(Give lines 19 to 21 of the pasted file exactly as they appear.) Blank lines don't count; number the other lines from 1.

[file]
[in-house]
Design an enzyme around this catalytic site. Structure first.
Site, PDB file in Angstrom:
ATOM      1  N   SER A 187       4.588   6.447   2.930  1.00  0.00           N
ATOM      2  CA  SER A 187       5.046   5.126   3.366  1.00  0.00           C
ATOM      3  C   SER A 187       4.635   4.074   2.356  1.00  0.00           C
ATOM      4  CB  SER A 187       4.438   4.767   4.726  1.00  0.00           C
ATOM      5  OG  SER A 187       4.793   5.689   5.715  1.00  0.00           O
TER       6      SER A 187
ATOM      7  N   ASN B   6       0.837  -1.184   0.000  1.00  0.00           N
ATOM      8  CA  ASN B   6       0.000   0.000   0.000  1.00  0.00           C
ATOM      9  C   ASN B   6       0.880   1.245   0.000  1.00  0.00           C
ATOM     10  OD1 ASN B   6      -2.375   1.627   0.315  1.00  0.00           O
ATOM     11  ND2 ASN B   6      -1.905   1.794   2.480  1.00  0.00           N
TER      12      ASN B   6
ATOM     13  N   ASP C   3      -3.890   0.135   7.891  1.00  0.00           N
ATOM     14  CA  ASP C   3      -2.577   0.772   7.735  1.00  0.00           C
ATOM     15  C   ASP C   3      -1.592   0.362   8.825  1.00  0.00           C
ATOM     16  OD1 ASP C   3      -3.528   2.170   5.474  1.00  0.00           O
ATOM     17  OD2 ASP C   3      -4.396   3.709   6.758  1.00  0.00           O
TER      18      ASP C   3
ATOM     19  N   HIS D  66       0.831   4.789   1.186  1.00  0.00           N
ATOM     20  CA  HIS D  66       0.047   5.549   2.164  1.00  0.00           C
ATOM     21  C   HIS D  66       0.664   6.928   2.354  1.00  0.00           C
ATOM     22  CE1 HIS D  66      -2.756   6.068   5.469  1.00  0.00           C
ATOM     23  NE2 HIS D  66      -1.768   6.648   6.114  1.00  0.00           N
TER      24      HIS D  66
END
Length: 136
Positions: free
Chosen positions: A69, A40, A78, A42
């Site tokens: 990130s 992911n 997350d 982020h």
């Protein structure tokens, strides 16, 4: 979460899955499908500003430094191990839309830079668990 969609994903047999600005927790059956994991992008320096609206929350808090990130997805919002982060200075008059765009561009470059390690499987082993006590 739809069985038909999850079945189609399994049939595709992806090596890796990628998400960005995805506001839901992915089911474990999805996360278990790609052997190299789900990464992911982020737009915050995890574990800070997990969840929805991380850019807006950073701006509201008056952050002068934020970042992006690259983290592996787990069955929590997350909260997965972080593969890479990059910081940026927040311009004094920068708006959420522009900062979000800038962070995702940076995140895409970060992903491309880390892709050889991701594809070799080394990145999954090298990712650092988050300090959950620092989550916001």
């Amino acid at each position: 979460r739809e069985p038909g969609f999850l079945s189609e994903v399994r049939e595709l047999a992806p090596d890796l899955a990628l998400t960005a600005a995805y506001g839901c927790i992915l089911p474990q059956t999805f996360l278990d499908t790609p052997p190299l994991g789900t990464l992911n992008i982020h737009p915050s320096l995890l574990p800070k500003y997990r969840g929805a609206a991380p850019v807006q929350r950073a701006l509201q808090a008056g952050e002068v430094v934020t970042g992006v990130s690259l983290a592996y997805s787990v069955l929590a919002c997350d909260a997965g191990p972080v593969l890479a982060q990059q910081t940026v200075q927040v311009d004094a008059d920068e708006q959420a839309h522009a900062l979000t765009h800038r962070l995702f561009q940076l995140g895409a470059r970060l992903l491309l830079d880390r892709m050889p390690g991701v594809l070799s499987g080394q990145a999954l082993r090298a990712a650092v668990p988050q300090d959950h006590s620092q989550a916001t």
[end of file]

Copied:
ATOM     16  OD1 ASP C   3      -3.528   2.170   5.474  1.00  0.00           O
ATOM     17  OD2 ASP C   3      -4.396   3.709   6.758  1.00  0.00           O
TER      18      ASP C   3